After many life battles, Damon Gilstrap defies all odds
On his first date with the woman who would become his fiancé, Damon Gilstrap detailed his entire past — the group homes, the drugs, the violence, being homeless and time incarcerated.
He was completely transparent.
“I didn’t know if he was trying to run me away or what,” said Angela Wilson, who added that looking
back on that evening, it was not typical first-date etiquette. “But he told me, ‘I’d rather you hear about my past from me, than from someone on the street.’”
Wilson admired him for his openness and said she found him intriguing and someone she could build a life with. That life has now spanned 17 years — in sickness and in health.
THREE BRAIN TUMORS
Ten years ago, Gilstrap suffered a stroke as a result of three benign brain tumors. Wilson remembers the night she found him on the couch, speaking gibberish. “I took it as sleepy talk,” Wilson said about the unrecognizable drivel. “The next morning, he was talking the same way. When he stood up, he was all wobbly like a baby deer.”
Despite his objections, she rushed him to the hospital.
The three tumors were positioned around his brain, pressing into areas that control motor function and speech.
Just months before the stroke, Gilstrap had been found wandering the street disoriented, naked and combative. Police restrained him and took him to the hospital, admitting him as a John Doe.
Doctors ran tests, diagnosing him with meningitis. He bounced back quickly, says Wilson who did research on the disease, learning it can be fatal. She said she kept an eye on him, but they quickly resumed their regular routines. A week after being hospitalized with the infection, Gilstrap returned to work cutting grass and performing other maintenance duties with Syracuse Housing Authority, where he had worked for 20 years.
“We’re not 100 percent that the tumors were separate and came after the meningitis,” Wilson said. Doctors explained that his type of tumors can remain dormant. “But it seems three brain tumors can’t just happen from Thanksgiving to January.”
Hearing that the tumors were benign was a blessing. But the news was shocking. Wilson says his diagnosis left her in denial. “We’d been together for seven wonderful years and now get this devastating blow,” she said. At that time, she was 35 and Gilstrap was 40. As their life grew together, such a major health scare — a second one — was more than unexpected.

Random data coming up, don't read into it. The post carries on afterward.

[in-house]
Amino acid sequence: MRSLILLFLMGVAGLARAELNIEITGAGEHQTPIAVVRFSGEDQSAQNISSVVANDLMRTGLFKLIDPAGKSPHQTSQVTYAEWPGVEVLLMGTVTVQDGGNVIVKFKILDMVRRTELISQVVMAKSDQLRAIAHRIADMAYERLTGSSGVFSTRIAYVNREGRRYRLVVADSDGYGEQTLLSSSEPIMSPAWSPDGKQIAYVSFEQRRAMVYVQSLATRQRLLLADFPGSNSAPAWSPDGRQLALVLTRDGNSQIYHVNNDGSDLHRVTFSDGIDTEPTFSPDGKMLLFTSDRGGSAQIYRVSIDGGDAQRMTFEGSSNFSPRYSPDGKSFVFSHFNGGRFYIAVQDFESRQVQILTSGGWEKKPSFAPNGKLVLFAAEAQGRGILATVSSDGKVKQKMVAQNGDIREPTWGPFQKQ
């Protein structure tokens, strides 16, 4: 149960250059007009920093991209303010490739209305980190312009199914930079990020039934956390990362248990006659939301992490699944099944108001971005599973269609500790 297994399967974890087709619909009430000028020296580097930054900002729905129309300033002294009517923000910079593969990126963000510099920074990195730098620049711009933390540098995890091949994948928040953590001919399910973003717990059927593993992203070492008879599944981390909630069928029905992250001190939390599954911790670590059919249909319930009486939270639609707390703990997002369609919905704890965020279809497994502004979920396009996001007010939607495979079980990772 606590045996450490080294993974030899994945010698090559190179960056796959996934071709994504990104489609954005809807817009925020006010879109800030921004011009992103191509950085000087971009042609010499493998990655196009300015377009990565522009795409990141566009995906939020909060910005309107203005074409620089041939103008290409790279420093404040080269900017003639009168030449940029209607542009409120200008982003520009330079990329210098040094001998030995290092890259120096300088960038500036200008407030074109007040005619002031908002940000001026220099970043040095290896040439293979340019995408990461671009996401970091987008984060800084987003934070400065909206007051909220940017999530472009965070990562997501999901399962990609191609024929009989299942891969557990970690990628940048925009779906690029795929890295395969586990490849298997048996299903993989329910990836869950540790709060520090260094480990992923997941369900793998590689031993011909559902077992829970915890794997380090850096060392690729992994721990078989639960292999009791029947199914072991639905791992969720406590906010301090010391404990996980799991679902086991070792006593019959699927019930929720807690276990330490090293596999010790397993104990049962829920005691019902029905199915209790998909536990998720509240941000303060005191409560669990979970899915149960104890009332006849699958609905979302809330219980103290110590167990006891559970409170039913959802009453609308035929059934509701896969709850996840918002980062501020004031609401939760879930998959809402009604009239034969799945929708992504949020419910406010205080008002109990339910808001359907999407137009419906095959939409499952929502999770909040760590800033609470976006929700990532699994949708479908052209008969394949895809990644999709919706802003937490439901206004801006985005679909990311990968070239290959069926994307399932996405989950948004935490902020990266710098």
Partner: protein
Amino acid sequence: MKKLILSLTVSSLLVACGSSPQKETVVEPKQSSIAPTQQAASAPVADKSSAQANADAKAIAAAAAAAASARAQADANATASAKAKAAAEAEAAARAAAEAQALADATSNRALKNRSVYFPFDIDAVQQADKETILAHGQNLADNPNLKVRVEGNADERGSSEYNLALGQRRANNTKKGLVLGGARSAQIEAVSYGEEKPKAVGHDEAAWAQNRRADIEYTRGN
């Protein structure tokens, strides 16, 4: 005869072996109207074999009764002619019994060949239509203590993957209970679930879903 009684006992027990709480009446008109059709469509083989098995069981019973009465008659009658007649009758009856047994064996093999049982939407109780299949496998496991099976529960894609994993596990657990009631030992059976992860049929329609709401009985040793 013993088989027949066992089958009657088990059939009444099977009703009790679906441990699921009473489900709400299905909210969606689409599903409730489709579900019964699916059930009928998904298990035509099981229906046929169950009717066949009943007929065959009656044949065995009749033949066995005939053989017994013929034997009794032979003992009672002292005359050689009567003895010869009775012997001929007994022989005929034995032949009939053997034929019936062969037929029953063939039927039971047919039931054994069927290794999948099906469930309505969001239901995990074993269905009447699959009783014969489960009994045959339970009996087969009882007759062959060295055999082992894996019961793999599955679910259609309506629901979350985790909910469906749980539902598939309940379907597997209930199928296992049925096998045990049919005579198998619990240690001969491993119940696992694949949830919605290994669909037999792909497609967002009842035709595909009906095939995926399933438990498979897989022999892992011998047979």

“We learned the tumors weren’t growing, but were actually shrinking,” she said.
Now, the three masses have shrunk to the point where they are no longer a concern, but the effects from the scarring on his brain remain. Doctors told the couple: This is his new normal.
BEATING THE ODDS
After the stroke, Gilstrap remained in the hospital for a week; then staff encouraged Wilson to move him into a nursing home.
He adamantly refused, telling Wilson: “You know my story. I’m going to beat this.”
She told him — all 6 feet 3 inches of him — that he was not to fall on her, and he would have to make it to the bathroom. “If you fail even once, I’ll send you off to the home.”
Gilstrap proudly confirmed, “I never fell and had no ‘accidents.’”
Wilson enlisted a team of 10 — close family and friends — to provide around-the-clock care.
“The village came through,” she said.
ROAD TO RECOVERY
Months after the stroke, Gilstrap would get dizzy and walked with a cane. He kept on a physical therapy schedule to build strength. “While Damon was able to do some things, he was not able to do what was needed at his former job,” Wilson said. He went on workers comp for a year and then was deemed permanently disabled.
“Doctors told me I would never talk. I would never walk … that I would never do a lot of things again,” Gilstrap said. “But I proved them wrong. I’m walking. I’m driving. I’m talking … a little different, but I can still talk and have my mental faculties.”
After graduating from his prescribed physical therapy, he continued to push himself. “I turned the backyard into an obstacle course to relearn to walk and build my coordination,” he said. “Everything the hospital told me I wouldn’t do again, I would practice.”
Wilson says Gilstrap would repeatedly do coordination moves like running in place, to regain use of his left side because it had been compromised by the stroke. Doctors also encouraged him to join a gym for the social aspect because the stroke immobilized his left vocal cord, which made him self-conscious when talking.
Initial recovery was slow. He could not pick up a coin with his left hand or feed himself.
A friend became his personal trainer. Gilstrap started with 10 pounds and worked his way up to get his left side as strong as his right. “I would practice for hours and hours, and now I lift weights on my own at the Y regularly,” he said.
“If he gets excited, then he speeds up (his speech),” Wilson said. “I can tell no one is understanding him. They get a little smile on their face and just start nodding. Once he gets talking too fast … I can see the disconnect.”